What causes osteoarthritis of the knee?
Many factors can increase your risk of osteoarthritis of the knee. It’s most common if:
- you’re in your late 40s or older – this might be because your muscles have become weaker, your body is less able to heal itself or your joints have gradually worn out over time
- you’re a woman – osteoarthritis is more common and more severe in women
- you’re overweight – this increases the chances of developing osteoarthritis and of it becoming gradually worse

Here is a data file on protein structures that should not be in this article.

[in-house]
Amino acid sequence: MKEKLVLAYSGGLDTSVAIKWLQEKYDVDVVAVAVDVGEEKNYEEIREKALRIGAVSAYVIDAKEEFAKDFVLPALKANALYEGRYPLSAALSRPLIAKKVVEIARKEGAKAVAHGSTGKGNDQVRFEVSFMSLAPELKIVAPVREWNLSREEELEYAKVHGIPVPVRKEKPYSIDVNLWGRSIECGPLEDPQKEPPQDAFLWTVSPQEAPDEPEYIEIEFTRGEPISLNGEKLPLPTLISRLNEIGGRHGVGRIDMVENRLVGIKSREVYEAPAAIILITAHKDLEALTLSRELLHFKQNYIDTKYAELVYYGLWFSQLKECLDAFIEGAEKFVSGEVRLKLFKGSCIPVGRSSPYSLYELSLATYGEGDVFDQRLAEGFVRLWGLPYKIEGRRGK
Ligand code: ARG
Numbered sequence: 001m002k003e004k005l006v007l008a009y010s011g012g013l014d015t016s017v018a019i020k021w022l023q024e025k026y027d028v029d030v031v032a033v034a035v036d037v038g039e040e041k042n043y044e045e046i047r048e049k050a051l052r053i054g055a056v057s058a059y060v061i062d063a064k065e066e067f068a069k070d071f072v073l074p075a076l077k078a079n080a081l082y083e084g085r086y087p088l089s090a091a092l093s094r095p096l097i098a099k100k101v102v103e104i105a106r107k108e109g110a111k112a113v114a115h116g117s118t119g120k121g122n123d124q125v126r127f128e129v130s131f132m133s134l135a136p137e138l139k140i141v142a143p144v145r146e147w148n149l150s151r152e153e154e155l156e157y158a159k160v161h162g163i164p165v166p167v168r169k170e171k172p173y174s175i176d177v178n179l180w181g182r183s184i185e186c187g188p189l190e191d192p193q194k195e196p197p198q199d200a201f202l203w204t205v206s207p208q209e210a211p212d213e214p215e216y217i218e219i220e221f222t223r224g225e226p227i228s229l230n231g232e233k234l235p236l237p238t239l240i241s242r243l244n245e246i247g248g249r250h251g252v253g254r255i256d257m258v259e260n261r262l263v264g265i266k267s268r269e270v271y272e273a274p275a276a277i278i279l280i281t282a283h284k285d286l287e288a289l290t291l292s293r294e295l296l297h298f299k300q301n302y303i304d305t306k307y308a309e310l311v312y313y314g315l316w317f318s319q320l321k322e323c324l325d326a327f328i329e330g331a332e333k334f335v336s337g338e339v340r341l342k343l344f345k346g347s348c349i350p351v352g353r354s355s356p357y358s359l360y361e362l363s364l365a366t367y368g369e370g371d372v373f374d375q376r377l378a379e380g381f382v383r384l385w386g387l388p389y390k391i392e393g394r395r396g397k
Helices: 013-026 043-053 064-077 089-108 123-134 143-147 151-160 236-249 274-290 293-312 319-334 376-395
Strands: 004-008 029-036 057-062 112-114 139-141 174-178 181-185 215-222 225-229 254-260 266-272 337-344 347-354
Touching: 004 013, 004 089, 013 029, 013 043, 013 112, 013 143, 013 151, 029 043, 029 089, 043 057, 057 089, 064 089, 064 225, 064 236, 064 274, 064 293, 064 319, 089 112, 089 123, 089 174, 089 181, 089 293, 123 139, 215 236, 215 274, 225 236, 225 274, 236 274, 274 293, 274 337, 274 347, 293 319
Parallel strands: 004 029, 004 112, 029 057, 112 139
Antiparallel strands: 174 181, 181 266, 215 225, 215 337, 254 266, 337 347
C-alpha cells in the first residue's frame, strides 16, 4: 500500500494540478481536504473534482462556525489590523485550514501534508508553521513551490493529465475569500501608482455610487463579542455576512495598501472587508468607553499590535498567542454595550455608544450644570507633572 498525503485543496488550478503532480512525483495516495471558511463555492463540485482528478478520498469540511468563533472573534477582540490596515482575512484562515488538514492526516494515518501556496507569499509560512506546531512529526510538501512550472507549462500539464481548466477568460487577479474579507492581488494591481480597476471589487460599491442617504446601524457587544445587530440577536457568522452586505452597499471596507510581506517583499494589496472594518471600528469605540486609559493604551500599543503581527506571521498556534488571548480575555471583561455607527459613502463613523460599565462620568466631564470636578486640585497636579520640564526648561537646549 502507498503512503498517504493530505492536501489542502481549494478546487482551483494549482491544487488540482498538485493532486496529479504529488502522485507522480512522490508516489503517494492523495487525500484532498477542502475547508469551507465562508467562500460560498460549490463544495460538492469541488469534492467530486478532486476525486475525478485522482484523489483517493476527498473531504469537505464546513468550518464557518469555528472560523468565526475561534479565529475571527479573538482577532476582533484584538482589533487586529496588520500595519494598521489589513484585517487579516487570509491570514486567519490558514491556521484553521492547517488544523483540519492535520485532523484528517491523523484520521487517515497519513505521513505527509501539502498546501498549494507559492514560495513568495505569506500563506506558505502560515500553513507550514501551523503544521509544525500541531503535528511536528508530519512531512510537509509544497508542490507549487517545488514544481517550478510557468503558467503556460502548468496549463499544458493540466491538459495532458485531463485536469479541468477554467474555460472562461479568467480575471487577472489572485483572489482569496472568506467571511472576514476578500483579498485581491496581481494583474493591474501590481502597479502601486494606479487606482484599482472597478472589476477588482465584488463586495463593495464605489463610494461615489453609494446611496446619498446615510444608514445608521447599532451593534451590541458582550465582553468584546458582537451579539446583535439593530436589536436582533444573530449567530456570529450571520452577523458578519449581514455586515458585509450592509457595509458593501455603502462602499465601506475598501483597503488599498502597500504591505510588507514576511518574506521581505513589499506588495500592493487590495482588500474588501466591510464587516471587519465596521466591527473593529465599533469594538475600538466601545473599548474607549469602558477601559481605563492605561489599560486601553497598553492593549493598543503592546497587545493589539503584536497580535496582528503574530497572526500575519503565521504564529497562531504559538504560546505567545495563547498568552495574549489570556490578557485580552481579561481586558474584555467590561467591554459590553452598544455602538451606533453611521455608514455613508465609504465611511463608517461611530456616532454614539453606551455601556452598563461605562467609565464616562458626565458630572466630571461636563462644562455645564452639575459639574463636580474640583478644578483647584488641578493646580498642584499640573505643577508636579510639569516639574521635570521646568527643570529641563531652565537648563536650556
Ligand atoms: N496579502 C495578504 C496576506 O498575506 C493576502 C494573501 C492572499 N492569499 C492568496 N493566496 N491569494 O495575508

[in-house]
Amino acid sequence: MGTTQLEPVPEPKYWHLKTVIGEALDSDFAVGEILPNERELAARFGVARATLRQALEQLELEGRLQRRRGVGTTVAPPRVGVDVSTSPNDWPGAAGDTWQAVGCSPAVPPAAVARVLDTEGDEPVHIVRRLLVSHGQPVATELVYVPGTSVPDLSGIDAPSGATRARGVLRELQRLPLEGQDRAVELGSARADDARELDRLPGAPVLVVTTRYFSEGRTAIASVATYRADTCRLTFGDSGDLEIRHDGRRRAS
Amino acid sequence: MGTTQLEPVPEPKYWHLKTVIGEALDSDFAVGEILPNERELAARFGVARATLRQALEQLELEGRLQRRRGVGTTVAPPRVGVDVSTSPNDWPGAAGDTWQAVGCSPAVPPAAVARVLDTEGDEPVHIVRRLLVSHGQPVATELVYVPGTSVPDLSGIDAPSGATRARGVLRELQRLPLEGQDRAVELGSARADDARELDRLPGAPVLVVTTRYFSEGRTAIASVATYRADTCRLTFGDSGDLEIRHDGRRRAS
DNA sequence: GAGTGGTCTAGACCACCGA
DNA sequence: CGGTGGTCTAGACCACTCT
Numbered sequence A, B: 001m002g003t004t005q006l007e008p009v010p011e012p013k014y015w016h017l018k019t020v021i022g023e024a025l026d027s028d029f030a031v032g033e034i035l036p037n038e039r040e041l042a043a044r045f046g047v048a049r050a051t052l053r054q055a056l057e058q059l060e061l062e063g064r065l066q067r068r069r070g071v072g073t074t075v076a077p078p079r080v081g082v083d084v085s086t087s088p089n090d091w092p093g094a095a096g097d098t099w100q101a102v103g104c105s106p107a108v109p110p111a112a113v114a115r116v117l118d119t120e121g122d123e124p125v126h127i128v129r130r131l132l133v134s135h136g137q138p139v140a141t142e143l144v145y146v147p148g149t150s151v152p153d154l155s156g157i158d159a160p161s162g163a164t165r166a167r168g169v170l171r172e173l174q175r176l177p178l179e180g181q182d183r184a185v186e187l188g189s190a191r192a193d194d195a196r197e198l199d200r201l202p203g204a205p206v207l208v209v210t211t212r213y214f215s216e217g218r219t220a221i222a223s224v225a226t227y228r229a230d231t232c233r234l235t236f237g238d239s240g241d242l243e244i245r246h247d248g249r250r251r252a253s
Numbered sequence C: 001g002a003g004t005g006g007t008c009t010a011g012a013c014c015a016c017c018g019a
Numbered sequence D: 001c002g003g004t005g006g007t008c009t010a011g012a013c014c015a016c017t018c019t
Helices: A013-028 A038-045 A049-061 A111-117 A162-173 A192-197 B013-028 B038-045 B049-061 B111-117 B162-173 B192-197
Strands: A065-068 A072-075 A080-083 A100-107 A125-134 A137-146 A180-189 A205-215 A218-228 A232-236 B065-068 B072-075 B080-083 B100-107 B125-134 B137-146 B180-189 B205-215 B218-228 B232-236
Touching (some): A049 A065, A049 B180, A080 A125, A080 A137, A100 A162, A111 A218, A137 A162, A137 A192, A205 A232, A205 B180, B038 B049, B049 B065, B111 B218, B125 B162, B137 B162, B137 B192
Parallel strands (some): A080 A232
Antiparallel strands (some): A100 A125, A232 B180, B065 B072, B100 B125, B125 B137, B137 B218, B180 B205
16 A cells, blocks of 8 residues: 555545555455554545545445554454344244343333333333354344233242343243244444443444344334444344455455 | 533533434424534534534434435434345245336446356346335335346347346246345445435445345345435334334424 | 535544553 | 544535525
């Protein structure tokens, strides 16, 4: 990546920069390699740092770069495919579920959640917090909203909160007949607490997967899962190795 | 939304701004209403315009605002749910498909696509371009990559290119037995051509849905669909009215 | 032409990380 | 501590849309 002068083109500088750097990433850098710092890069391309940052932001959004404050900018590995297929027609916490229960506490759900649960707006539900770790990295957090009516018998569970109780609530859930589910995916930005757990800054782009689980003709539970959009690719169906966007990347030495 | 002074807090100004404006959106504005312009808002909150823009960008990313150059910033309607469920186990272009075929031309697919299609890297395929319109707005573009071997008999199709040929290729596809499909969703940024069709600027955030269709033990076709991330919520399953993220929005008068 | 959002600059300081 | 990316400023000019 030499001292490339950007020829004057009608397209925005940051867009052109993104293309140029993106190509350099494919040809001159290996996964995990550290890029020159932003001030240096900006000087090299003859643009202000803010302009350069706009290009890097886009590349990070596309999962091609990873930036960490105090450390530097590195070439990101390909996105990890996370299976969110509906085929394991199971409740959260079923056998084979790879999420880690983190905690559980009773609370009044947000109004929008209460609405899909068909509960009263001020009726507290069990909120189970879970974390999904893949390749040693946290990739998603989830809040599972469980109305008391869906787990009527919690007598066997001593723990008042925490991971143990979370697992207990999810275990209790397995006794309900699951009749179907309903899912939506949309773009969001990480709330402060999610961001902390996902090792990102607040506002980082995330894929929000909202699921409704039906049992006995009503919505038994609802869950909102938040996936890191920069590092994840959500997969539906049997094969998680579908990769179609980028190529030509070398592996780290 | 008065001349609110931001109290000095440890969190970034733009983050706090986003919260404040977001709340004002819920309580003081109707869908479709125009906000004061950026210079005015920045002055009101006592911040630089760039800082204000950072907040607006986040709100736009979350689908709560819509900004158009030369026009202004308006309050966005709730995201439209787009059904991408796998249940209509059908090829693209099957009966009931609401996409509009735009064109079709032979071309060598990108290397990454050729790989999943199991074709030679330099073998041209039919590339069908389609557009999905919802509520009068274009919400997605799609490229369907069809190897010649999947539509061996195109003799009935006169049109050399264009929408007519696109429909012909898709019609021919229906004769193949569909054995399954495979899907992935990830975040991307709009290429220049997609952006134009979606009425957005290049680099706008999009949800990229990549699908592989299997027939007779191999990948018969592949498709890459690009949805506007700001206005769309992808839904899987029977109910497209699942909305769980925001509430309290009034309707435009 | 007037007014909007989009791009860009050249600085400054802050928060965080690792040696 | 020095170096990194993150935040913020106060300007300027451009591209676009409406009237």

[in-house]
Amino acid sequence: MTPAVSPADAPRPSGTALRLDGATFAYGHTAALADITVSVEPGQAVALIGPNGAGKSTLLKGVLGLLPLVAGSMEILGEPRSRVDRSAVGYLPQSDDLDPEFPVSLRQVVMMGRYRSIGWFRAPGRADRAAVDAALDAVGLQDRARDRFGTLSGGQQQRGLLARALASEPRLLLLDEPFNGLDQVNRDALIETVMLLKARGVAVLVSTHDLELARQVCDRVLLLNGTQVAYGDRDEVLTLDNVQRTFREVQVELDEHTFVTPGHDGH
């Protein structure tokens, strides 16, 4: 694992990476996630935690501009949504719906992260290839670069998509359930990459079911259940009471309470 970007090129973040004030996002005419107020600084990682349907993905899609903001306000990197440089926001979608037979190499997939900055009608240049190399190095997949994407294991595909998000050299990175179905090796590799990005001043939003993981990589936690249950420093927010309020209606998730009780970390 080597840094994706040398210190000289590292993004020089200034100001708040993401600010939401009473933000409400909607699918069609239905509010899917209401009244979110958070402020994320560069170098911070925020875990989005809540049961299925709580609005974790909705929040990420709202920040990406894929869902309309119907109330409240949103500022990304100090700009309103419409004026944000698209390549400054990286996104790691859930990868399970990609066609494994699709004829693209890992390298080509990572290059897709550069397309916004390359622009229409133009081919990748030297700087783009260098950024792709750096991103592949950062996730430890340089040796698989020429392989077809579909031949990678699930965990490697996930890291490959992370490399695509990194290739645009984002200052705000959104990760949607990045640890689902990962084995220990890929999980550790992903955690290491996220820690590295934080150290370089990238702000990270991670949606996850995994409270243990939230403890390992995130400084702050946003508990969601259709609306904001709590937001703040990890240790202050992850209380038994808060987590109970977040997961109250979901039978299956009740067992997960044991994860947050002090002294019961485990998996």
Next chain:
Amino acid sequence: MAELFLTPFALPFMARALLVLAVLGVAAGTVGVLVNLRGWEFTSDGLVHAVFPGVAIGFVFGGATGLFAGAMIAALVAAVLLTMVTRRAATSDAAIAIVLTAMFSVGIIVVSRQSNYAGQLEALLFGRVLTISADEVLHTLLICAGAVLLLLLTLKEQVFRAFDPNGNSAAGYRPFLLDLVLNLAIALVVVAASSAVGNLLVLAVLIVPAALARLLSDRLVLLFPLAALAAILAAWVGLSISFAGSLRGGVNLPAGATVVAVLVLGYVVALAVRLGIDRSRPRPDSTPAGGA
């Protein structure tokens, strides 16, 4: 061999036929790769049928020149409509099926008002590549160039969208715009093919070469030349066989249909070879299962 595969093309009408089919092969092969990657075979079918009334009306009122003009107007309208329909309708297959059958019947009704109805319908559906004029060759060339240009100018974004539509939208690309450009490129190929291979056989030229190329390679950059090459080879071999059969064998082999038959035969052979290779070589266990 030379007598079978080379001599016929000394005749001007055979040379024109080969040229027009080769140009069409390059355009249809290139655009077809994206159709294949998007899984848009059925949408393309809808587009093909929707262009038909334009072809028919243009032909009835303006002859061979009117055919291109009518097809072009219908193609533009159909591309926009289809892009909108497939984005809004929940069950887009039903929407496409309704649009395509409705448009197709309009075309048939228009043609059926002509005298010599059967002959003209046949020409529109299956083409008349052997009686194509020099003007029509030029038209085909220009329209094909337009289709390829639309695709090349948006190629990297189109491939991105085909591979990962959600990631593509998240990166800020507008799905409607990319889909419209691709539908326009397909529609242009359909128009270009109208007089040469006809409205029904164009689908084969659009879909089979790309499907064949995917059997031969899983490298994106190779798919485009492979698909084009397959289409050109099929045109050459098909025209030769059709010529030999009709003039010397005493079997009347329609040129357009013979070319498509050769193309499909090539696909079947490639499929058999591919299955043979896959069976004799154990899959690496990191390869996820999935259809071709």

- your parents or siblings have had osteoarthritis
- you’ve had a knee injury, for example a torn meniscus
- you've had an operation on your knee, for example a meniscectomy (to remove damaged cartilage) or repairs to your cruciate ligaments
- you do a hard, repetitive activity or a physically demanding job, for example farming or mining
- you have another type of joint disease which has damaged your joints, for example rheumatoid arthritis or gout.
Arthritis Research UK has recently awarded a grant to investigating the use of new drugs to treat early-onset osteoarthritis caused by injury.